Nipponacmea habei


Scientific Name: Nipponacmea habei

Phylum: Mollusca

Class: Gastropoda

Order: [NONE]

Family: Lottiidae

Genus: Nipponacmea


habei [Describe here as A. iricolor]

Native Distribution

Origin Realm:

Temperate Northern Pacific

Native Region:

Origin Location:

Temperate Northern Pacific Tomarihama, Oshika Peninsula, along the Sanriku Coast of Japan (Won et al. 2013) STATUS NOT STATED Pacific coast of Japan (Nakaoka et al. 2006) Northern Japan: Pacific coast from Hokkaido south to Honshu and Izu Peninsula, and Japan Sea coast from Hokkaido south to Niigata Prefecture (Sasaki & Okutani 1994) STATUS NOT STATED [Japan] Southern Hokkaido to Izu Peninsula at Pacific side. Northern Hokkaido and southward to Niigata Prefecture via Oga Peninsula at Japan Sea side. (Sasaki & Okutani 1994, Higo et al. 1999) STATED

Geographic Range:

Japan: Pacific coast from Hokkaido to Izu Peninsula, and Japan Sea coast from Hokkaido south to Niigata Prefecture (Sasaki & Okutani 1994)

General Diversity:

two radula forms are found, acute and obtuse; obtuse is dominant in Kanto Japan; it is presumed that the radula changes from acute to obtuse as the degree of dependence on coralline algae increases; still unclear if genetics or ecology control radula variation (Sasaki & Okutani 1994)

Non-native Distribution

Invasion History:

No records of invasion (Global Invasive Species Database 2015, 2016)

Non-native Region:

Not applicable

Invasion Propens:

Not applicable

Status Date Non-native:

Not applicable

Vectors and Spread

Initial Vector:

Not applicable

Second Vector:

Not applicable

Vector Details:

Not applicable

Spread Rate:

Not applicable

Date First Observed in Japan:

Not applicable

Date First Observed on West coast North America:

Not applicable


Impact in Japan:

Not applicable

Global Impact:

Not applicable


Native Temperature Regime:

Cool temperate, Mild temperate, See details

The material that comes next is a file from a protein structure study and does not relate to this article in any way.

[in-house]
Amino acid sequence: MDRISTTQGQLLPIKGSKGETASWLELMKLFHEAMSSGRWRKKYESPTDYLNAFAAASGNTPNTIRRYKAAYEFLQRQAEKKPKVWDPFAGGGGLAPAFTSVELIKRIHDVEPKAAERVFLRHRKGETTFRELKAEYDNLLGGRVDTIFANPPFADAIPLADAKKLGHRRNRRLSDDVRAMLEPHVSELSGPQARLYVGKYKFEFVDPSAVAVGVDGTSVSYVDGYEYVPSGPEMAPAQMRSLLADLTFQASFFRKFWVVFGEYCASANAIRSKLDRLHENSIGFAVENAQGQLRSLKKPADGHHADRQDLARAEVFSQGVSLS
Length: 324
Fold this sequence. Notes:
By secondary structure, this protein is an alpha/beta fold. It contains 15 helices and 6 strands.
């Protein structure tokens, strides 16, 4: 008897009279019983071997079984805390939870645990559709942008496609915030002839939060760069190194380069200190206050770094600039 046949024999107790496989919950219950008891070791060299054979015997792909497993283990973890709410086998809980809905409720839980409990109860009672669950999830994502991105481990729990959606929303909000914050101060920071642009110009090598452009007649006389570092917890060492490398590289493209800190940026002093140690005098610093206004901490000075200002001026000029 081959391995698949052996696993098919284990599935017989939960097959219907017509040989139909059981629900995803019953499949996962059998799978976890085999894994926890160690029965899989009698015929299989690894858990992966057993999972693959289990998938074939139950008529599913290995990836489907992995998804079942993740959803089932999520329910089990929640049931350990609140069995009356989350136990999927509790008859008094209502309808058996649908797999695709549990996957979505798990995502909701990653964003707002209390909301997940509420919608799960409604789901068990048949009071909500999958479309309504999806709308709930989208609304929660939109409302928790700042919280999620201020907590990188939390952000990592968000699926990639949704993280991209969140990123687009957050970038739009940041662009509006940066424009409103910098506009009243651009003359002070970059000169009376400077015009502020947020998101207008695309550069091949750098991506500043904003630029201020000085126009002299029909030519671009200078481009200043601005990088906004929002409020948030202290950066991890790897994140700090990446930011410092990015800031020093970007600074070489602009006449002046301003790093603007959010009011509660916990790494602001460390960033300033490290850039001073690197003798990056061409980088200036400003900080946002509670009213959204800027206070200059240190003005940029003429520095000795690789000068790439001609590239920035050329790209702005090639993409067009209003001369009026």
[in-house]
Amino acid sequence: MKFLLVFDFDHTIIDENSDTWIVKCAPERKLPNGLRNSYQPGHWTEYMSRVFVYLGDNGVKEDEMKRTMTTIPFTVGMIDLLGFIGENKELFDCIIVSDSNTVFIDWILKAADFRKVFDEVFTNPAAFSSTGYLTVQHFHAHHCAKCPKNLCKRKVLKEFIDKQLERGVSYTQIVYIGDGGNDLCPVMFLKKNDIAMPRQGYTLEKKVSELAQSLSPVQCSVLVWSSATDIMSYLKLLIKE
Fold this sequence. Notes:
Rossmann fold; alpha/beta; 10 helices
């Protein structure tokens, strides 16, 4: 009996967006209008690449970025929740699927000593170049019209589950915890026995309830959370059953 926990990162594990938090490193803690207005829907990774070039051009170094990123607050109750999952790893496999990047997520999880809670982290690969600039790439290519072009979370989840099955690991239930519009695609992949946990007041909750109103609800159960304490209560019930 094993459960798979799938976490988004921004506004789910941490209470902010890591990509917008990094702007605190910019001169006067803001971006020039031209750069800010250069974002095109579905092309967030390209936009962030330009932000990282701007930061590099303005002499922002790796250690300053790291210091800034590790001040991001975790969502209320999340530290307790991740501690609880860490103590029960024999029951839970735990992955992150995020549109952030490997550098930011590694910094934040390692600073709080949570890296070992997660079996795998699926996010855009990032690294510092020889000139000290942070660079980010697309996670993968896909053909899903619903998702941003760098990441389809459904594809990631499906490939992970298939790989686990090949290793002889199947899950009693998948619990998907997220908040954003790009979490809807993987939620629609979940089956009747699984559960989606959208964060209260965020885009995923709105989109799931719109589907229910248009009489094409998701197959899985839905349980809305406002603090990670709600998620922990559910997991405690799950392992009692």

Native Temperature Range:

temperate to cool temperate species: restricted to northern Japan (Sasaki & Okutani 1994) Cool temperate, Mild temperate (M. Otani, pers. comm.)

Non-native Temperature Regime:

Not applicable

Non-native Temperature Range:

Not applicable

Native Salinity Regime:

Polyhaline, Euhaline

Native Salinity Range:

Polyhaline, euhaline (M. Otani, pers. comm.)

Non-native Salinity Regime:

Not applicable

Temperature Regime Survival:

Cool temperate, Mild temperate, See details

Temperature Range Survival:

temperate to cool temperate species (Sasaki & Okutani 1994) Cool temperate, Mild temperate (M. Otani, pers. comm.)

Temperature Regime Reproduction:

Cool temperate, Mild temperate

Temperature Range Reproduction:

Cool temperate, Mild temperate (M. Otani, pers. comm.)

Salinity Regime Survival:


Salinity Range Survival:


Salintiy Regime Reproduction:

Polyhaline, Euhaline

Salinity Range Reproduction:


Depth Regime:

Upper intertidal, Mid intertidal

Depth Range:

[Japan] middle to high level of intertidal zone (Sasaki & Okutani 1994) This species is collected at the middle to higer intertidal zone. (Sasaki & Okutani 1994)

Non-native Salinity Range:

Native Abundance:

Common, See details


Fertilization Mode:


Reproduction Mode:

Gonochoristic/ dioecious

Spawning Type:


Development Mode:

Planktonic larva (type unspecified)

Asexual Reproduction:

Does not reproduce asexually

Reproduction Details:

The gonad is red and granular in female, while ceamy white and cotton-like in appearance in male. (Sasaki & Okutani 1994) External fertilization; gonochoristic/ dioecious; broadcast spawning; planktotrophic planktonic larva (type unspecified); does not reproduce asexually (M. Otani, pers. comm.)